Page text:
Implanted calves will provide an extra 15-30 lbs. in weaning weight. This will add up fast in today’s feeder-calf market. At $2/lb., this results in an extra $30-$60/head.
In Mark Hilton’s column on fly control last month, he briefly touched on the value and efficiencies of growth-promoting implants. Fewer than 40% of cow-calf operations use implants in their cattle, which are one of the few things guaranteed to be profitable.
In fact, the time spent to administer implants is some of the best hourly pay producers can receive. Heck, it’s some of the best hourly pay about anyone will receive, unless you’re Bill Gates. So it’s a mystery to me why this technology isn’t used more.
Of course, there are consumers who desire their beef to be “hormone-free,” but that segment is certainly not 60% of our customer base.
One of the reasons often cited for non-use of implants centers around producers’ desire to provide beef for the hormone-free market. Yet many of these producers market their cattle through traditional channels, such as auction markets. I’m not aware of any purveyors of hormone-free beef who fill their needs by going to the local livestock auction and waiting for the auctioneer to announce, “These cattle have not been implanted.”
I’ve studied the hormone-free supply chain, and, as a practicing veterinarian, I’ve overseen the health of many hormone-free cattle. I’m unaware of any program that doesn’t require arrangements to be made before the calves destined for that channel are born. So, if a producer is hoping to crack into the hormone-free market, arrangements must be made long before the cattle show up at the sale barn.
Implanting calves requires some added labor, but the benefits easily offset the extra effort. And in order to reap the full benefits, care must be taken to make sure the implant can offer its full value.
The importance of cleanliness can’t be overstated. Keep your implants clean by storing them in clean, dust-free containers, such as a resealable plastic bag. Make sure the implant needle is cleaned between implanting each calf; and if the needle skips off an ear, re-clean it.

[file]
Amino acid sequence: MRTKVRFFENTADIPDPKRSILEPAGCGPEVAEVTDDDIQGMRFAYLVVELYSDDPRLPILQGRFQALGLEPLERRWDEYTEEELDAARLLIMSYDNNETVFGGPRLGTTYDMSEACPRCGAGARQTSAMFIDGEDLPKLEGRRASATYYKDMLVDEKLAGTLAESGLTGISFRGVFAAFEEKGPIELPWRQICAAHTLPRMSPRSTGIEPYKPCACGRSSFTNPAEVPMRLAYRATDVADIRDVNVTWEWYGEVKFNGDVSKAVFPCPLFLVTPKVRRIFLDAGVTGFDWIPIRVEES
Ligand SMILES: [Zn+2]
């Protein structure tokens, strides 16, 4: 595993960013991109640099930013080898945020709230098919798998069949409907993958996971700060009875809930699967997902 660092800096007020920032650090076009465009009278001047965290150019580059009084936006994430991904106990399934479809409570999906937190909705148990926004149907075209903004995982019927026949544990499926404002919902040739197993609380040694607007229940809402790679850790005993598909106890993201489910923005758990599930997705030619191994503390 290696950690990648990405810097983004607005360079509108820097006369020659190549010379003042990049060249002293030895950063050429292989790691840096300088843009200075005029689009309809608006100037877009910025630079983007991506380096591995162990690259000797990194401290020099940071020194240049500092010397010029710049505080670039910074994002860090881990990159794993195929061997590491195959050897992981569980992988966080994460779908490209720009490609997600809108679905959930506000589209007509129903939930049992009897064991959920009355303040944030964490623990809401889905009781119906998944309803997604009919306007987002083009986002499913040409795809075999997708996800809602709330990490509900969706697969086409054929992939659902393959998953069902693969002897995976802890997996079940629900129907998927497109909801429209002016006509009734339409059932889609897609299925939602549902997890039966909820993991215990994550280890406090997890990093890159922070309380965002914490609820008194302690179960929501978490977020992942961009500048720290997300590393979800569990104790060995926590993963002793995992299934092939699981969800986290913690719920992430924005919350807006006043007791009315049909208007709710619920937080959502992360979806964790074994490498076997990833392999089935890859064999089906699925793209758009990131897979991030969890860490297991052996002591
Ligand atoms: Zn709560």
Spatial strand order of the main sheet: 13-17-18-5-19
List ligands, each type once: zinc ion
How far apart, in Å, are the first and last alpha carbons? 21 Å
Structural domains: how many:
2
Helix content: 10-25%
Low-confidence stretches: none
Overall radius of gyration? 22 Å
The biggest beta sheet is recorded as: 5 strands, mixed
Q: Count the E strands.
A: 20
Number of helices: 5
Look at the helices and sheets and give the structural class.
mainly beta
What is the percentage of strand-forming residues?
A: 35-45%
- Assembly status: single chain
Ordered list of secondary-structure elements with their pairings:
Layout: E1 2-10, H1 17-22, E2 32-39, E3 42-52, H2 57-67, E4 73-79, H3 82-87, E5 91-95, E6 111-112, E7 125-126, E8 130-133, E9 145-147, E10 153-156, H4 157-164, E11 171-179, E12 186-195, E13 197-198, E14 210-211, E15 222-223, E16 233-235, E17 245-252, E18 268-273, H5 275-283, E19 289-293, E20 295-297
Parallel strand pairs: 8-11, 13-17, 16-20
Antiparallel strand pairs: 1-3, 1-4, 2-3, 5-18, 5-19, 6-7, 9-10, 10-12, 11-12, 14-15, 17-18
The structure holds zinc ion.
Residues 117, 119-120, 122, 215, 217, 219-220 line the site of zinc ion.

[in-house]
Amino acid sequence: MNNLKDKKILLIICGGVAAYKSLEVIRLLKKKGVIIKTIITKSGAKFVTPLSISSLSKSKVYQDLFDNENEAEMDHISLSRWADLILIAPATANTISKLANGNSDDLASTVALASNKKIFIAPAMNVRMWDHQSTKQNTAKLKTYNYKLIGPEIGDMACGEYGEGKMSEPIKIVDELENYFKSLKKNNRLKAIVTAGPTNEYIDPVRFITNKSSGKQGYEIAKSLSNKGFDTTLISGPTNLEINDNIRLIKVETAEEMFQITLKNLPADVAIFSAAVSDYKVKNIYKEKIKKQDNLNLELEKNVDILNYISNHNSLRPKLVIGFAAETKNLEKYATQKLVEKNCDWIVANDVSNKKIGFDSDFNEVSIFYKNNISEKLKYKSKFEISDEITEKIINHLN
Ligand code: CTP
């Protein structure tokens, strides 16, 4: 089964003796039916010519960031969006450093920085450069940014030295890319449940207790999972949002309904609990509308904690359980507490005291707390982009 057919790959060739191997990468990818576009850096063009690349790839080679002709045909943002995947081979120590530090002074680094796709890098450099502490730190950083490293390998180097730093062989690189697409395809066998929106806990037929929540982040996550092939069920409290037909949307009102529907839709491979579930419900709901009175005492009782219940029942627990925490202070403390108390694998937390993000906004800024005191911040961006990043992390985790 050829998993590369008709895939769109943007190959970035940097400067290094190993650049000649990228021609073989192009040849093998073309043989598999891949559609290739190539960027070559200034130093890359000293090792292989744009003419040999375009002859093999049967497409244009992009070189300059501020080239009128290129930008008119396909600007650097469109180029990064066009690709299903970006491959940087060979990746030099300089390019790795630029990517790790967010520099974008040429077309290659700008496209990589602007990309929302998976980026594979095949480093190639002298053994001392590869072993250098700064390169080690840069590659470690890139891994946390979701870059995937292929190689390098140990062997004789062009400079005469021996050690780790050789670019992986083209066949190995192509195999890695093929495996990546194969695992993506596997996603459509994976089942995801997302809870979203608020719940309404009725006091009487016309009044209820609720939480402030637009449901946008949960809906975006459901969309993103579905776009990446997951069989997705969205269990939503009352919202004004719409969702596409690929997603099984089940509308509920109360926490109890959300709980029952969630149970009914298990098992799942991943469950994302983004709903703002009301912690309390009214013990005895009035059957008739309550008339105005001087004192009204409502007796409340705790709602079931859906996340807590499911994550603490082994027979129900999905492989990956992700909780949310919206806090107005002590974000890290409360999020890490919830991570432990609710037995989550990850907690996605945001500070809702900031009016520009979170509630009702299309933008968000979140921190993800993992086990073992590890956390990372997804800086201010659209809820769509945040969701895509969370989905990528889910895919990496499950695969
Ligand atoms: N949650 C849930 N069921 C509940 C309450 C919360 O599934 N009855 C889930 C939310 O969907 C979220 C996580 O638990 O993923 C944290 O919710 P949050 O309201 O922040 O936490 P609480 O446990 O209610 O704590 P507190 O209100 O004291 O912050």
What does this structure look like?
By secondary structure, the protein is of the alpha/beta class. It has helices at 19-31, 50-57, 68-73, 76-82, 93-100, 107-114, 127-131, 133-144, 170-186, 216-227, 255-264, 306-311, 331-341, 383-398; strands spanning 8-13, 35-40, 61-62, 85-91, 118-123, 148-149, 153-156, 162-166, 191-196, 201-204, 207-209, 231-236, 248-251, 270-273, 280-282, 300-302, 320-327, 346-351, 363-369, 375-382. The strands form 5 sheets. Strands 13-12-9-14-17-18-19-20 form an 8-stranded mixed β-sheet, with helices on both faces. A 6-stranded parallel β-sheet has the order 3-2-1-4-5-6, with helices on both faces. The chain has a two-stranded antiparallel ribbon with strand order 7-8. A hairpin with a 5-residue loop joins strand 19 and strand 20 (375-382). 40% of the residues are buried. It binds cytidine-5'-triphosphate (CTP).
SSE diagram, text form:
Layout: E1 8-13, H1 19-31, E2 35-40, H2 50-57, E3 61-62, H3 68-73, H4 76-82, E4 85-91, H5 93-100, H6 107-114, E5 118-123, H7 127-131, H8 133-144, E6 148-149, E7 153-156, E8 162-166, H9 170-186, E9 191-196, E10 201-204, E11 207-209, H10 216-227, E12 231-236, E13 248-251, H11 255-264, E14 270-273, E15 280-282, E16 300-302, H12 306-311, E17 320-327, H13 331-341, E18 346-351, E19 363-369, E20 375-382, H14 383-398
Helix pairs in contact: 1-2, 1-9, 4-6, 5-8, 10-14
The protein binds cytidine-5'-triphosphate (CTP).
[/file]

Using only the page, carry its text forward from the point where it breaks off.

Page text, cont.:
Simply dipping the needle in a disinfectant isn’t good enough. Most disinfectants require 10 minutes or more of contact time before they can kill any bacteria present. So while it’s important to use a disinfectant, it’s equally important to actually wipe the needle on a sponge or cloth that is soaked in the disinfectant. This mechanical action of removing bacteria from the needle most likely provides as much benefit as the disinfectant.
I’d be remiss if I didn’t discuss the human health implications of growth-promoting hormones in beef. First off, let me say that any consumer who wants to eat hormone-free beef should do so; and I think that our production chains should provide it. It’s more expensive to produce, and therefore demands a higher retail price, but consumers who desire the product should have the opportunity to purchase it.
But the fact is that using growth-promoting hormones in beef production adds so little “extra” hormone to the final product that the difference is miniscule. Be that as it may, there are many detractors who want to terrify consumers with the word “hormone.” Rather than review the numbers on hormone levels, I will direct you to this link on hormones in beef, and point out that even people on a vegetarian-based diet can consume levels of estrogen hundreds of times higher than those in implanted beef.
Implanted calves will provide an extra 15-30 lbs. in weaning weight. This will add up fast in today’s feeder-calf market. At $2/lb., this results in an extra $30-$60/head. Consult with your herd health veterinarian for recommendations on implant timing and technique, as well as which products to use — especially as they pertain to implanting potential replacement heifers. Simply put, there are very few opportunities to garner the return on investment that implanting cattle provides.
Dave Sjeklocha, DVM, is director of animal health for Cattle Empire LLC, of Satanta, KS. He can be reached at firstname.lastname@example.org.
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